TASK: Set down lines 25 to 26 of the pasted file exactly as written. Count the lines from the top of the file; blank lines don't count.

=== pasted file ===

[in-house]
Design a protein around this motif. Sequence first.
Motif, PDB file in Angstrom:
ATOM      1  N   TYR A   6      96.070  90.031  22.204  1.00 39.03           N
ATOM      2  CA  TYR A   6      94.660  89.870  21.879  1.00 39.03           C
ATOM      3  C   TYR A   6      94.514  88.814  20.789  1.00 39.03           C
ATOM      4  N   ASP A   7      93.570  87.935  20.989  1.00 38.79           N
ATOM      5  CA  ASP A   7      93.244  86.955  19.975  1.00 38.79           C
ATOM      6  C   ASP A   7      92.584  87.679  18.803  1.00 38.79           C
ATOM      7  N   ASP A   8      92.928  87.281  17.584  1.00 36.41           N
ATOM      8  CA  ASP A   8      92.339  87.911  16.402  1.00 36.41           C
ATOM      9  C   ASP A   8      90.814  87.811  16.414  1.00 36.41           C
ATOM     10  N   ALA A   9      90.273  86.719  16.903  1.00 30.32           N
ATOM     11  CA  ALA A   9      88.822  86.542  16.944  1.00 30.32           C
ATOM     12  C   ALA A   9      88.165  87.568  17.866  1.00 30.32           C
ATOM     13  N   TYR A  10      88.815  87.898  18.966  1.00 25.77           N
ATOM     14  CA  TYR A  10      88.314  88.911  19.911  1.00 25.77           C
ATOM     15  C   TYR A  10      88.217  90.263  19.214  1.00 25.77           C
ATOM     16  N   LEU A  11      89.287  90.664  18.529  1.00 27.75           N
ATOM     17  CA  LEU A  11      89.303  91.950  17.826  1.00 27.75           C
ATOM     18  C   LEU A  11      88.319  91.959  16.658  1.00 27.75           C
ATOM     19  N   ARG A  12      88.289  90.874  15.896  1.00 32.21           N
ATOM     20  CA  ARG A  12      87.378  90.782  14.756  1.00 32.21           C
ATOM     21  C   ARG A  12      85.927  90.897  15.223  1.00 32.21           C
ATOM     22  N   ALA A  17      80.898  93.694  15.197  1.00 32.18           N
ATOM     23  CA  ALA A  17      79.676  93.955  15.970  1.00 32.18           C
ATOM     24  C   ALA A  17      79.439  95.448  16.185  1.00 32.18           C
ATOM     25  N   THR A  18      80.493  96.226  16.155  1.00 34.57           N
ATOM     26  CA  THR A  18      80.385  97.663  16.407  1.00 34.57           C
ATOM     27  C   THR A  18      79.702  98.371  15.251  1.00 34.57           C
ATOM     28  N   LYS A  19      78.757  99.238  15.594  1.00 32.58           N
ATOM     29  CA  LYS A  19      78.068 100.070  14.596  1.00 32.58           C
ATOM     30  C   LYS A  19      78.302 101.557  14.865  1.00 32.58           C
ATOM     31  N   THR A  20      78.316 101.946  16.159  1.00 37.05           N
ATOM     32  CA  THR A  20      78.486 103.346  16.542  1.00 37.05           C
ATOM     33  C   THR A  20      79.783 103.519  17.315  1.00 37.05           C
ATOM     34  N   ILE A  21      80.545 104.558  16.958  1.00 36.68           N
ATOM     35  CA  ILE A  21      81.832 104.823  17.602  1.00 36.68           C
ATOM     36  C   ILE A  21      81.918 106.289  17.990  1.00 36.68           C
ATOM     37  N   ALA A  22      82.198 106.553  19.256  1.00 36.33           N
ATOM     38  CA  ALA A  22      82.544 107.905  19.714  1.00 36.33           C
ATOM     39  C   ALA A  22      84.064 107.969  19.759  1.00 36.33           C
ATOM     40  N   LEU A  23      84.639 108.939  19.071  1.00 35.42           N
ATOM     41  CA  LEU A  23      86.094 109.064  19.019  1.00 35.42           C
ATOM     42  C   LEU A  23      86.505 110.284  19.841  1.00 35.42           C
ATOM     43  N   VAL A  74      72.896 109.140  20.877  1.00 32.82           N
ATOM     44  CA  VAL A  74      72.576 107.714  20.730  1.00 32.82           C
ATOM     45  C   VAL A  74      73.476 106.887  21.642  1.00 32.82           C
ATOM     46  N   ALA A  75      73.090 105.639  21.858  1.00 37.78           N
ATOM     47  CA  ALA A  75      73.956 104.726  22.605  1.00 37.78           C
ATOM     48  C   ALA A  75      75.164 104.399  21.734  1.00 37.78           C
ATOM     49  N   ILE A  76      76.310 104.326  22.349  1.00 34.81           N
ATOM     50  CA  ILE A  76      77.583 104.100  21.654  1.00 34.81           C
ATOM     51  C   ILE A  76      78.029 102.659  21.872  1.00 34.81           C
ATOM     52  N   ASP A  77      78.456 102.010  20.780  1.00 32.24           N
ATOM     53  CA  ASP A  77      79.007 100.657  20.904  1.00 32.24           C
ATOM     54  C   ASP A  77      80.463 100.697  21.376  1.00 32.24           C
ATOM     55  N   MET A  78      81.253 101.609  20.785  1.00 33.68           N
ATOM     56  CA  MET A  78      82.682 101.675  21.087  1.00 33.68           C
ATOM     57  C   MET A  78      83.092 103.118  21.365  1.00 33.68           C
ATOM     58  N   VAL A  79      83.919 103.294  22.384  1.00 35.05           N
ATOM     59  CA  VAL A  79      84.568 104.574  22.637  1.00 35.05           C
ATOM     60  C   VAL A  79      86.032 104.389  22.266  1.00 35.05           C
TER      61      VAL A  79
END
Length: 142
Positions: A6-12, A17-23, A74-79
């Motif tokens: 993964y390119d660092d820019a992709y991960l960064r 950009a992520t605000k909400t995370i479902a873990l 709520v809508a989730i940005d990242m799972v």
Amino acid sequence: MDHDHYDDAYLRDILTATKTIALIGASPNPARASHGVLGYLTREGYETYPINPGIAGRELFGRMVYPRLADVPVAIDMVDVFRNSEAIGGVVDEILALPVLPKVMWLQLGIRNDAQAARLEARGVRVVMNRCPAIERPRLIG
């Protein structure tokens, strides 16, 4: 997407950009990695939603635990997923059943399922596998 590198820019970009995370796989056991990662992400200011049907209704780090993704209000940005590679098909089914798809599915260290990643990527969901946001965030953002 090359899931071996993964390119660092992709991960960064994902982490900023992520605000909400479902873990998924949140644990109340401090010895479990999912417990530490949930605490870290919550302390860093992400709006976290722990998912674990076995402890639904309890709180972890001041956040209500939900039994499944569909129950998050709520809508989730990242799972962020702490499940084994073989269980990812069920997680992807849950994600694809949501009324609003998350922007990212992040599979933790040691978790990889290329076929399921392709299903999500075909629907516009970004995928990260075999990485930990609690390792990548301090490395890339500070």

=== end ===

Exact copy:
ATOM     22  N   ALA A  17      80.898  93.694  15.197  1.00 32.18           N
ATOM     23  CA  ALA A  17      79.676  93.955  15.970  1.00 32.18           C